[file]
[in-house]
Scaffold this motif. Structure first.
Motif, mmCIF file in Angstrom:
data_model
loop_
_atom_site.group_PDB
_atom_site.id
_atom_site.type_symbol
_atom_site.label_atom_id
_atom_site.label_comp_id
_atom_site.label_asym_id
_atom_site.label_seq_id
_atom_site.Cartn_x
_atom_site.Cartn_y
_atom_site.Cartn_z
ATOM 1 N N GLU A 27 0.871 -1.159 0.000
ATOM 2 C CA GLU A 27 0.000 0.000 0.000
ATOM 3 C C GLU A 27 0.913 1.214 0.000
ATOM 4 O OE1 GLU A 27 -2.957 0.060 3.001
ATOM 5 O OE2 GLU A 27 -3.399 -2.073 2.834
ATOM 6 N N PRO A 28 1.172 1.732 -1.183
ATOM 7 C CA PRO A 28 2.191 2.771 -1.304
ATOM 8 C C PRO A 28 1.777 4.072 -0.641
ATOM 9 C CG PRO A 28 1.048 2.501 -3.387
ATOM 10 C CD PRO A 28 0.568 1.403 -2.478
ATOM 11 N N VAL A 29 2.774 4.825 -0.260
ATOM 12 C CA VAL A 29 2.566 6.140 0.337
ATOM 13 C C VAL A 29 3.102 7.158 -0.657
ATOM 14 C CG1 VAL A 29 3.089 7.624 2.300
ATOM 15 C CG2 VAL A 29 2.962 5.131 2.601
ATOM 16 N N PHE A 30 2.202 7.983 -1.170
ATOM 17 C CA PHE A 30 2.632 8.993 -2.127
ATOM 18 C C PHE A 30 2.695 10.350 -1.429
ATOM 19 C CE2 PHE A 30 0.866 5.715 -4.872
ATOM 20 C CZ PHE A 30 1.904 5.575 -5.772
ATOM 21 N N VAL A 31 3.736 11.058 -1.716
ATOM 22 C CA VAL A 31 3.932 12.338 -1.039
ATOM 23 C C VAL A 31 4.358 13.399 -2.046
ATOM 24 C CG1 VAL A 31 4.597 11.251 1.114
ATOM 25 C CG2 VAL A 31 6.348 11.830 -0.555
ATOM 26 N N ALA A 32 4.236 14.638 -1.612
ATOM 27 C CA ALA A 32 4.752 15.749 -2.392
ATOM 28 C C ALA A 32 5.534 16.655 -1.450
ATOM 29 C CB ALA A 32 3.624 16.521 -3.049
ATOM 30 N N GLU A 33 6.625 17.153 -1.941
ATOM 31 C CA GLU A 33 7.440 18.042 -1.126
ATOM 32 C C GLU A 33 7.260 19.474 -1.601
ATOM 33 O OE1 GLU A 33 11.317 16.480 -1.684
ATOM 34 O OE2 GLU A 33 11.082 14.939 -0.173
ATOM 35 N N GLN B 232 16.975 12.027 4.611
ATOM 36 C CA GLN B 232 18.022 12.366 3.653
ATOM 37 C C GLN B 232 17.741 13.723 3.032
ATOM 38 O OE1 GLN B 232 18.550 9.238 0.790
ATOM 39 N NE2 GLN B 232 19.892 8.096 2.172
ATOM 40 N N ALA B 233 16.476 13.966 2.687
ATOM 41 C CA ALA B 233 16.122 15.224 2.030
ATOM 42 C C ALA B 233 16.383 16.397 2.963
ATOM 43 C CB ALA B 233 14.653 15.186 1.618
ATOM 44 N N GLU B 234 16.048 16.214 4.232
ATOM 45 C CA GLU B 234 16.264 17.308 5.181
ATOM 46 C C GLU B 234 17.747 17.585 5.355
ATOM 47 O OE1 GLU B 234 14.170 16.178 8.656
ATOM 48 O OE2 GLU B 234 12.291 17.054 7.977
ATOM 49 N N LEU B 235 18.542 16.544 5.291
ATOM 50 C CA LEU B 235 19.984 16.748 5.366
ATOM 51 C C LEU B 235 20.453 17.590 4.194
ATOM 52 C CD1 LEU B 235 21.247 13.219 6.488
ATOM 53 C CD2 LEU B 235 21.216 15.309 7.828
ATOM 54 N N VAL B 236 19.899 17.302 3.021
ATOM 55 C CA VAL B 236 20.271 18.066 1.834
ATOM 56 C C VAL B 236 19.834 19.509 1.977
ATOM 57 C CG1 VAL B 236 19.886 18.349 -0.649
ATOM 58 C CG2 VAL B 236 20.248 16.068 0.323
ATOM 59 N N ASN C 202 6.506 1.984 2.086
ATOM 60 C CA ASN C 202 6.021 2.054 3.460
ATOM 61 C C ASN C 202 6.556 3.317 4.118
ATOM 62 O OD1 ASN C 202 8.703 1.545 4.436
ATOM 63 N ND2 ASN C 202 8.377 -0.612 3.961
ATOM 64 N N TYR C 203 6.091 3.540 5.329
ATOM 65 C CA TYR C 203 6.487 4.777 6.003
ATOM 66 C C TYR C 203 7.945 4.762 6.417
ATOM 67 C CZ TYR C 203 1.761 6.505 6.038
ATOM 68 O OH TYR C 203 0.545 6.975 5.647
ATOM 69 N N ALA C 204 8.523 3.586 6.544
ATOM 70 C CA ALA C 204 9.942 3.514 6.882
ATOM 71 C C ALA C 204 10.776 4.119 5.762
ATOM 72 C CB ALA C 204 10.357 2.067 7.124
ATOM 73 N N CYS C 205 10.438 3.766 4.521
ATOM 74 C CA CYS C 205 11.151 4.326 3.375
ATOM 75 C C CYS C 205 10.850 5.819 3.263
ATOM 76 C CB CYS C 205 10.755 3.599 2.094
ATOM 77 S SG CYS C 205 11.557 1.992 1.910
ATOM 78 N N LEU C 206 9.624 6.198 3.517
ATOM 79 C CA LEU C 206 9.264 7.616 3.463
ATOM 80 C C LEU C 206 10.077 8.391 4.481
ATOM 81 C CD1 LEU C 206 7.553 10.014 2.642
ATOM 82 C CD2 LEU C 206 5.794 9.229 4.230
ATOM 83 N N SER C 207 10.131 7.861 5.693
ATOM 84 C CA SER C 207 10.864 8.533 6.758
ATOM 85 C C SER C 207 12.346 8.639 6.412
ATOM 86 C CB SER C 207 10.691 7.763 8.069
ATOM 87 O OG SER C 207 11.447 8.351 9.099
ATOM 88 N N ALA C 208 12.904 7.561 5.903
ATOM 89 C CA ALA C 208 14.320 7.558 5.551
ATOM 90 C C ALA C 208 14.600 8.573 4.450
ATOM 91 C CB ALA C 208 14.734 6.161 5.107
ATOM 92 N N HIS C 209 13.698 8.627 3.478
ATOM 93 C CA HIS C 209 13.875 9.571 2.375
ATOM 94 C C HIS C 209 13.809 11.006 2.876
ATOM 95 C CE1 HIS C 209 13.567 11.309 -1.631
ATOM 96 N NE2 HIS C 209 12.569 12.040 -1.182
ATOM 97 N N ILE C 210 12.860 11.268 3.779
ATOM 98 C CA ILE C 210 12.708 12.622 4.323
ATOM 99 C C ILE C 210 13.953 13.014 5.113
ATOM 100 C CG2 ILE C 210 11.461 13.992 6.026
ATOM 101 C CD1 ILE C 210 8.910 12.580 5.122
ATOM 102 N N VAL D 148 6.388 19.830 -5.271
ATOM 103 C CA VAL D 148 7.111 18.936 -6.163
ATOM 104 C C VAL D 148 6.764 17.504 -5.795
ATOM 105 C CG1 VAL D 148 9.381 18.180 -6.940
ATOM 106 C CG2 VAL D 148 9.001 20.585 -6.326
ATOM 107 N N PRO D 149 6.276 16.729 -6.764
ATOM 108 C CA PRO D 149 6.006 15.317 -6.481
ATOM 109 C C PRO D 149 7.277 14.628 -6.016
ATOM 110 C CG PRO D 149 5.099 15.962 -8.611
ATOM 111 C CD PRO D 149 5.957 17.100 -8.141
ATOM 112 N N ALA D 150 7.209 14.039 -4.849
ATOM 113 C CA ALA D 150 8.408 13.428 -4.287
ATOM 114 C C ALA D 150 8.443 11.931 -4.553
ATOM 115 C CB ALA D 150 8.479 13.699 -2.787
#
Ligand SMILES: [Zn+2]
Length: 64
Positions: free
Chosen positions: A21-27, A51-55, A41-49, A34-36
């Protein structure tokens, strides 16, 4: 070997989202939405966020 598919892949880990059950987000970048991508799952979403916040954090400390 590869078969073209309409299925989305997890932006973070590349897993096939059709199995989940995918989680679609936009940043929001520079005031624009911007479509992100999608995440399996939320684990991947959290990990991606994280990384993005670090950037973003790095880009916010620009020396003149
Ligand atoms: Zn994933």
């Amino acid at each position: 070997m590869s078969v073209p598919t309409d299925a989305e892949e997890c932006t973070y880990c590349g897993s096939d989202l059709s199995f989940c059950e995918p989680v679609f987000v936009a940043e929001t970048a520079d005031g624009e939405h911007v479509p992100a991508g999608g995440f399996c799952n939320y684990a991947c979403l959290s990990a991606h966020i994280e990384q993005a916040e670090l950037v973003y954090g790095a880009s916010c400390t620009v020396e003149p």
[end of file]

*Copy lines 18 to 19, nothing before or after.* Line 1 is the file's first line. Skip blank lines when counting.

ATOM 3 C C GLU A 27 0.913 1.214 0.000
ATOM 4 O OE1 GLU A 27 -2.957 0.060 3.001